By Ryan Vlastelica
NEW YORK (Reuters) - U.S. stocks finished a quiet session mostly flat on Thursday as earnings painted a mixed picture of the economy, though the S&P 500 set another record closing high.
The latest economic data failed to impress buyers. U.S. claims for initial jobless benefits fell to a seasonally adjusted 284,000, the lowest since mid-February 2006. New home sales declined 8.1 percent in June, the biggest drop in almost a year. The PHLX housing sector index <.HGX> lost 2.7 percent, marking its biggest one-day drop since February.
Recent gains on Wall Street have been fueled by earnings, which have been strong this quarter. With 41 percent of S&P 500 companies having reported results so far, 68 percent have posted earnings that topped expectations, according to Thomson Reuters data, above the long-term average of 63 percent. On the revenue side, 62.1 percent have beaten analysts' forecasts, compared with the historical average of 61 percent.
"There's a tug of war in the market today between the companies that did well and the companies that didn't. Caterpillar was disappointing, but stocks remain reasonably valued and the earnings season supports continued gains," said Kate Warne, investment strategist at Edward Jones in St. Louis.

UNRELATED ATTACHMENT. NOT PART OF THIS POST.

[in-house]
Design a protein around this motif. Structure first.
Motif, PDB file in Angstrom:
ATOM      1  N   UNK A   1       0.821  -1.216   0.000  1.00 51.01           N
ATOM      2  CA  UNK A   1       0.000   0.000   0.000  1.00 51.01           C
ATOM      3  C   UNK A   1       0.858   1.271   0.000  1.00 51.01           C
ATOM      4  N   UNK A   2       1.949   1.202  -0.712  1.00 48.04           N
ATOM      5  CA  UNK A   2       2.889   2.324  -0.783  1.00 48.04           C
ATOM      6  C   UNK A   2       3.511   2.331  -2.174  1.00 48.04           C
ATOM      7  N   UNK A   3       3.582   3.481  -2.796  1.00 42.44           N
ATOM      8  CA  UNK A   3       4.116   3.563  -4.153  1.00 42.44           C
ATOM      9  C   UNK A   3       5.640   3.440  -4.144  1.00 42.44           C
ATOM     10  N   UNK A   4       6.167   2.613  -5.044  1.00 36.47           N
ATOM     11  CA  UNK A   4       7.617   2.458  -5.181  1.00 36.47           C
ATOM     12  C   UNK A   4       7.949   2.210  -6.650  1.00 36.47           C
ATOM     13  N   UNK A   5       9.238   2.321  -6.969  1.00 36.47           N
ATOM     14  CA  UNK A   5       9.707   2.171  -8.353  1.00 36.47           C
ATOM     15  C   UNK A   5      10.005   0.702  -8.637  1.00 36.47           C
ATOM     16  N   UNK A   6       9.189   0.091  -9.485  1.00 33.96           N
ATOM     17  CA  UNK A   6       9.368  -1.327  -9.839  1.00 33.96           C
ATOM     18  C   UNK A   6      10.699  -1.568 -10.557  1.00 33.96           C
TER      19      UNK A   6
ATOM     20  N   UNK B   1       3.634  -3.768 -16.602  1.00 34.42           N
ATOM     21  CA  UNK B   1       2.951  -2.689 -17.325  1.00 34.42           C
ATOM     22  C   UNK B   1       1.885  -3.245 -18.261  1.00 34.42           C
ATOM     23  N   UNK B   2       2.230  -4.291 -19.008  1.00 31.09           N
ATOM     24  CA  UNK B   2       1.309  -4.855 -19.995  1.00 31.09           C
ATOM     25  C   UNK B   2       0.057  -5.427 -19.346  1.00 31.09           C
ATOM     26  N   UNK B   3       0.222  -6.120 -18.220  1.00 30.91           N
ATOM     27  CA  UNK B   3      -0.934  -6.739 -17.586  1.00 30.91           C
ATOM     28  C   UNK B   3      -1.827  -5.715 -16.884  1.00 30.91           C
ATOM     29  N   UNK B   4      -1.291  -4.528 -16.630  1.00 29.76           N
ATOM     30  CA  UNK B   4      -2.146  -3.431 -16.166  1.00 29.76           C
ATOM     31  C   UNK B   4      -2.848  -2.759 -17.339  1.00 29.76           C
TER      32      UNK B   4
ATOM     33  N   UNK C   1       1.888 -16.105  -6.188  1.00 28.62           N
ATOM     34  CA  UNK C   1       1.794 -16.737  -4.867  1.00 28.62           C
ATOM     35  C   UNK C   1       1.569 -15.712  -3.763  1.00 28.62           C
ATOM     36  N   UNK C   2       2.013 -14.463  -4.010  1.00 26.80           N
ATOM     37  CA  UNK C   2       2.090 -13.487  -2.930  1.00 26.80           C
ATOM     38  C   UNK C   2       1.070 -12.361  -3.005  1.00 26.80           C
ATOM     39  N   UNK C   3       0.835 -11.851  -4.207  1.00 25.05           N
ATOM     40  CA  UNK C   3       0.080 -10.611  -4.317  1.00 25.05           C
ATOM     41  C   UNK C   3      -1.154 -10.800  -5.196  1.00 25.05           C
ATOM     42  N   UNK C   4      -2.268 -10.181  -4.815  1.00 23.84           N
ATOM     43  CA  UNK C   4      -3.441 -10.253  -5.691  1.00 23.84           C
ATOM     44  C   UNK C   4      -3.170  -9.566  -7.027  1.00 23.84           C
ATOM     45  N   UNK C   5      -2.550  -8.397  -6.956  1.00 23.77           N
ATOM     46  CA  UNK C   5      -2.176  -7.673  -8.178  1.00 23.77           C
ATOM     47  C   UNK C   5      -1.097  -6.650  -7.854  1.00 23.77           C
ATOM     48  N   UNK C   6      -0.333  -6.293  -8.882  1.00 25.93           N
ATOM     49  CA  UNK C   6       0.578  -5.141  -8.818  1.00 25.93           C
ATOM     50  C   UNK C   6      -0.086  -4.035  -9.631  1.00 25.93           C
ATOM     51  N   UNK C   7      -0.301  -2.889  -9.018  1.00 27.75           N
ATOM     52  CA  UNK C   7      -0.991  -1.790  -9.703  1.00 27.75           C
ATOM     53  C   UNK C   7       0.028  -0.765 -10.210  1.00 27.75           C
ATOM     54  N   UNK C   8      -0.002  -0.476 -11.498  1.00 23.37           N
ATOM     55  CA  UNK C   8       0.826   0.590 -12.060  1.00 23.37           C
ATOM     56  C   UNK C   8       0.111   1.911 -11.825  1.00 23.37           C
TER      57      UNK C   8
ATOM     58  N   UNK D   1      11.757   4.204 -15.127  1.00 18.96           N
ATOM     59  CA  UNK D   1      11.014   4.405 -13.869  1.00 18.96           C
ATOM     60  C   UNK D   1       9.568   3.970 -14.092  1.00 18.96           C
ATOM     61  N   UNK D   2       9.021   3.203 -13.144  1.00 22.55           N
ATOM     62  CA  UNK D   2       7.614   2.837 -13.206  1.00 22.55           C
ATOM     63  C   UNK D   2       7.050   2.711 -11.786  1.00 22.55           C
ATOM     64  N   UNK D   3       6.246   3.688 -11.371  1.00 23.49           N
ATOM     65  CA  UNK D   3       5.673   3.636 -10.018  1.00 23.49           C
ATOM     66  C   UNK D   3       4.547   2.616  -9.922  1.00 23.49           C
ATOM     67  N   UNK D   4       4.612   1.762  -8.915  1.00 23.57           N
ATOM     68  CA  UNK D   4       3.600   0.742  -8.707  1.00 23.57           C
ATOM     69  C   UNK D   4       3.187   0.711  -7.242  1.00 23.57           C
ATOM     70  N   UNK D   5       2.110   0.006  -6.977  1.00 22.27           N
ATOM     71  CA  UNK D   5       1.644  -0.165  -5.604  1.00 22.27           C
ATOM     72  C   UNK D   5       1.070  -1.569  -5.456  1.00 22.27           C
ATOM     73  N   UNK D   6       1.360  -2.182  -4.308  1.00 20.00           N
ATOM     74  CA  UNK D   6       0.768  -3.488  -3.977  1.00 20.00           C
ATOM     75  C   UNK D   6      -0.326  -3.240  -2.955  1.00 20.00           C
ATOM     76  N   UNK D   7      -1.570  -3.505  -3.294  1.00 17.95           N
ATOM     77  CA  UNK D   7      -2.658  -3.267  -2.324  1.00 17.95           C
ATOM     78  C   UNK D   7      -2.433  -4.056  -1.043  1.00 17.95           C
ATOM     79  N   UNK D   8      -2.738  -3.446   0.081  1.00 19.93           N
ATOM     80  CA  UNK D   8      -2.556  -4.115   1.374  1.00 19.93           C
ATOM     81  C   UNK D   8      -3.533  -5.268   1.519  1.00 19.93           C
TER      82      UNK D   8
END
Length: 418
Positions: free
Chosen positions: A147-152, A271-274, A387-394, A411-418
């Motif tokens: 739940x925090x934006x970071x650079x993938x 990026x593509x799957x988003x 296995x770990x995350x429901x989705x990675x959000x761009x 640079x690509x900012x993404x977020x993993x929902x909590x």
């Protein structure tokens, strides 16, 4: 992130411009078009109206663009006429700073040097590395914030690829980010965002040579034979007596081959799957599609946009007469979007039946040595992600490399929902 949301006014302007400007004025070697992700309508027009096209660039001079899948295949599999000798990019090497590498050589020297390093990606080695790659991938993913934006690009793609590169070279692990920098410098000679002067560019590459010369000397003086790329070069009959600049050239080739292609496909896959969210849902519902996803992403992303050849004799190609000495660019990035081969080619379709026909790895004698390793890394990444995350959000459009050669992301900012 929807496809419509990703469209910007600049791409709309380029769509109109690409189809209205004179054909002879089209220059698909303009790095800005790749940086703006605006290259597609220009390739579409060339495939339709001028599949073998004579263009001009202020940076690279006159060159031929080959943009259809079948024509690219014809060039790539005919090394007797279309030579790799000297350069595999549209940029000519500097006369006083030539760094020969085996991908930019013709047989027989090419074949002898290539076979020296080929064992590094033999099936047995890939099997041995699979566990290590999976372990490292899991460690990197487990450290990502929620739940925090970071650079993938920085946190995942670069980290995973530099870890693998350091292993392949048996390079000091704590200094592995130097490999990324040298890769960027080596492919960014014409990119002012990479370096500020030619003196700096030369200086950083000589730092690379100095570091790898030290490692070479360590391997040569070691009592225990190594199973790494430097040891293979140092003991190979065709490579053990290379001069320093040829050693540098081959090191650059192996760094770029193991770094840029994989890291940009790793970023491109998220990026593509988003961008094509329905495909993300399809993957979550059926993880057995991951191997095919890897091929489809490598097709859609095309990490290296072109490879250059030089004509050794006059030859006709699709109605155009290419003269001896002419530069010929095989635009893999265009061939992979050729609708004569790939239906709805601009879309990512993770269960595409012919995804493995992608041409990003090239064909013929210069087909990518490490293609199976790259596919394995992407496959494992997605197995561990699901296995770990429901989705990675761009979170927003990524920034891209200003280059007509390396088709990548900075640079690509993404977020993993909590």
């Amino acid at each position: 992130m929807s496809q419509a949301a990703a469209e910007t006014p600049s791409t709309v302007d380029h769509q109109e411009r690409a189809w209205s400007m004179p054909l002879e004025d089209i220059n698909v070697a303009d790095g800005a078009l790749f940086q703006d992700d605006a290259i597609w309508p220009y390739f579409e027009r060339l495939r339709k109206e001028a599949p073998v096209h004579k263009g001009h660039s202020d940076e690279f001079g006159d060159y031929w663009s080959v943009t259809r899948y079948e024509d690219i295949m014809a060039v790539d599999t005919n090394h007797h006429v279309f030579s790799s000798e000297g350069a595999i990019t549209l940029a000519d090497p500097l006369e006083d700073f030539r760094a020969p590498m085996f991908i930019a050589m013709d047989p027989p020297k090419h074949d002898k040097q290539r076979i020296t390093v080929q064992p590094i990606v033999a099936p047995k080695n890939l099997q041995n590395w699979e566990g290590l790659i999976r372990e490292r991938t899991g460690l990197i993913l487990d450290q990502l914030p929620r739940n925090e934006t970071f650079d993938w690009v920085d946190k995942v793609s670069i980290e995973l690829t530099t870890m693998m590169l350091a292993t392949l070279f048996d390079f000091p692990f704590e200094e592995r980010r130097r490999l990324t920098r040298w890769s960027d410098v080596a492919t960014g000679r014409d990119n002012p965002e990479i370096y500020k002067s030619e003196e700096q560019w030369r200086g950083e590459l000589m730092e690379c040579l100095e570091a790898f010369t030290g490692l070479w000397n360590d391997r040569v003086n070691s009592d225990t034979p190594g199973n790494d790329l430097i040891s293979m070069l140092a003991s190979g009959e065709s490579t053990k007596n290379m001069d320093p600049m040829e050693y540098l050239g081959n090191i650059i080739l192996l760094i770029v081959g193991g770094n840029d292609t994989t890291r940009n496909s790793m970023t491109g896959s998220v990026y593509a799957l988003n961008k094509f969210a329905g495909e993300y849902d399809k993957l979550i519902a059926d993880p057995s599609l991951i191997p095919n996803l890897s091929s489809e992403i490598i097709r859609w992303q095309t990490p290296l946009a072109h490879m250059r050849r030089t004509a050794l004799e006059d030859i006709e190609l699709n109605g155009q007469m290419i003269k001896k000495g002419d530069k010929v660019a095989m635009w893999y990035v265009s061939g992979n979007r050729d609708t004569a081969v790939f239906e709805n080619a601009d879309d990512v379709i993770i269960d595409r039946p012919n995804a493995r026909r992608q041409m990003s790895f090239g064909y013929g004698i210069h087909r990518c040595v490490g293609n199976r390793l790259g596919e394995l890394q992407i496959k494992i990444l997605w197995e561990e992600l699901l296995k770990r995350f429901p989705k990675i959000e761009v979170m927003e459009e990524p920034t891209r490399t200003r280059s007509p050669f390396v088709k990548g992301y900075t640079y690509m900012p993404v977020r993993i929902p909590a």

The Dow Jones industrial average <.DJI> dipped 2.83 points or 0.02 percent, to close at 17,083.80. The S&P 500 <.SPX> gained 0.97 of a point or 0.05 percent to end at 1,987.98, its second record closing high in a row. The Nasdaq Composite <.IXIC> shed 1.59 points or 0.04 percent, to finish at 4,472.11.
At its record intraday high of 1,991.39, the S&P 500 was just 0.4 percent below the 2,000 milestone.
Among the companies that reported results after the closing bell, Amazon.com Inc
During the regular session, stocks that made big moves after earnings included Under Armour Inc
The benchmark S&P 500's biggest decliner was homebuilder D.R. Horton Inc
General Motors Co
Almost 51 percent of stocks listed on the New York Stock Exchange ended the day lower, while 52 percent of Nasdaq-listed shares ended in negative territory.
About 5.58 billion shares traded on all U.S. platforms, according to BATS exchange data, compared with the month-to-date average of 5.54 billion.
(Editing by Jan Paschal)